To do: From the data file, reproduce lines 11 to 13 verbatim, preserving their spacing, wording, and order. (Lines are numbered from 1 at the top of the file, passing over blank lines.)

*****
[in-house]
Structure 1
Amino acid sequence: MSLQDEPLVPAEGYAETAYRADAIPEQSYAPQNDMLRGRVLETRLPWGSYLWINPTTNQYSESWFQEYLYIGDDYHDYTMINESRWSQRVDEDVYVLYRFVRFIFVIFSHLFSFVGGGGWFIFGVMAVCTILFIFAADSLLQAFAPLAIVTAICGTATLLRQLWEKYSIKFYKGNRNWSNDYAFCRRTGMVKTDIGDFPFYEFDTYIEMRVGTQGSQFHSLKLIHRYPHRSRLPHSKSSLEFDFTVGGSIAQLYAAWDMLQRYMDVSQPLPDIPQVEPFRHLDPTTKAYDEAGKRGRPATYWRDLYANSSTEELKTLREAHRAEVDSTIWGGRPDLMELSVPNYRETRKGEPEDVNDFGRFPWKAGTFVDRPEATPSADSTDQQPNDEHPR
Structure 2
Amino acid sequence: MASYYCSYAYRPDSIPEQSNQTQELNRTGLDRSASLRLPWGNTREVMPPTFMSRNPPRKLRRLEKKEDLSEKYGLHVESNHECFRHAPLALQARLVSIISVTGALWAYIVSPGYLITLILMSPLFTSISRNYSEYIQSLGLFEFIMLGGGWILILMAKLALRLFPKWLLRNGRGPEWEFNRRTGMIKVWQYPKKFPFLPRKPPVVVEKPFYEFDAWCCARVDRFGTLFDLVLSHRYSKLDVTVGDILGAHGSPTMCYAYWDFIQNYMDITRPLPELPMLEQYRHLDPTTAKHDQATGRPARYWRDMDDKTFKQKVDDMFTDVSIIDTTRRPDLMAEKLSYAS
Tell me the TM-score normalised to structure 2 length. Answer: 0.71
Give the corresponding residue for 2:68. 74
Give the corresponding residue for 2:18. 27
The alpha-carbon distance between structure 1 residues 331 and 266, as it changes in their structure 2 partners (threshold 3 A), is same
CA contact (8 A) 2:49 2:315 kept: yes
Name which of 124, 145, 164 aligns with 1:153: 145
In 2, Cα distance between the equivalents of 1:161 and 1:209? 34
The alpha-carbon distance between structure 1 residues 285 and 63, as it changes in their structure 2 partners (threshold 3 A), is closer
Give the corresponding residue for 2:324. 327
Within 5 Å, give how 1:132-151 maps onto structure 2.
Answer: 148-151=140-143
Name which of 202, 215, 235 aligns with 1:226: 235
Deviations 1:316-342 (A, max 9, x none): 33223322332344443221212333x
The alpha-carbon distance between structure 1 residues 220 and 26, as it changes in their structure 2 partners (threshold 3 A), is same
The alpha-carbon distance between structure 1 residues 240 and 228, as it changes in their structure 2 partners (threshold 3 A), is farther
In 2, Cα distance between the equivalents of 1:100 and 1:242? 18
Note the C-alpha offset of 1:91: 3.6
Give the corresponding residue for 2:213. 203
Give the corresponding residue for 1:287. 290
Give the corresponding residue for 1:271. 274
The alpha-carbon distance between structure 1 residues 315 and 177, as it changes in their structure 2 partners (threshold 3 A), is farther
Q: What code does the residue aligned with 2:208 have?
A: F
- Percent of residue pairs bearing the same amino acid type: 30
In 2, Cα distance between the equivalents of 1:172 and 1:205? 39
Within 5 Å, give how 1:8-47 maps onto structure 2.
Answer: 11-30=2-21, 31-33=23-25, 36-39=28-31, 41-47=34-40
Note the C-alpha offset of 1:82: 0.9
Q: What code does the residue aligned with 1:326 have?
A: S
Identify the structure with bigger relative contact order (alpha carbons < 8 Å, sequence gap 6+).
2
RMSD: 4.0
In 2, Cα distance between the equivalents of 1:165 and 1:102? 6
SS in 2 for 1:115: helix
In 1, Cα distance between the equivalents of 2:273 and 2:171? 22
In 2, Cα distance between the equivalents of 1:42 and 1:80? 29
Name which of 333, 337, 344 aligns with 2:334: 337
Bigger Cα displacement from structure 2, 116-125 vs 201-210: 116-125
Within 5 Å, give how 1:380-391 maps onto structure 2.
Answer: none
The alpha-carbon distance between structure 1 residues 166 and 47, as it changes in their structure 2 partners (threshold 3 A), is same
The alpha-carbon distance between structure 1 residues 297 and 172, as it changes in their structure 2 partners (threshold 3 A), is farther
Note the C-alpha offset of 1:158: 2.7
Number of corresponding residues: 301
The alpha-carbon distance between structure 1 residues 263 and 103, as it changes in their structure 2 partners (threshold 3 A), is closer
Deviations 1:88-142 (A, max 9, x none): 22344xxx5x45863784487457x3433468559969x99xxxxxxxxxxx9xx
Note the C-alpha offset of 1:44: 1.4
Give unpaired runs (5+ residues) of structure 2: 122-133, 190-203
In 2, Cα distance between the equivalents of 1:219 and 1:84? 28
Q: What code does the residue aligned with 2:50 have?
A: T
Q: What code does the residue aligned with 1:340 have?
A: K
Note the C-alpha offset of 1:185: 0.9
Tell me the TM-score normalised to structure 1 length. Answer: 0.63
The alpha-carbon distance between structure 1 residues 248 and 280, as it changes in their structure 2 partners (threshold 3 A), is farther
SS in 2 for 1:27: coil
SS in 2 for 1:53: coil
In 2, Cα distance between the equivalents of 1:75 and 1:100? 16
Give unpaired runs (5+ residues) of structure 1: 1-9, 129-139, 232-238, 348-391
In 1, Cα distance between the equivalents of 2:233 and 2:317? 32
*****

Name which of 124, 145, 164 aligns with 1:153: 145
In 2, Cα distance between the equivalents of 1:161 and 1:209? 34
The alpha-carbon distance between structure 1 residues 285 and 63, as it changes in their structure 2 partners (threshold 3 A), is closer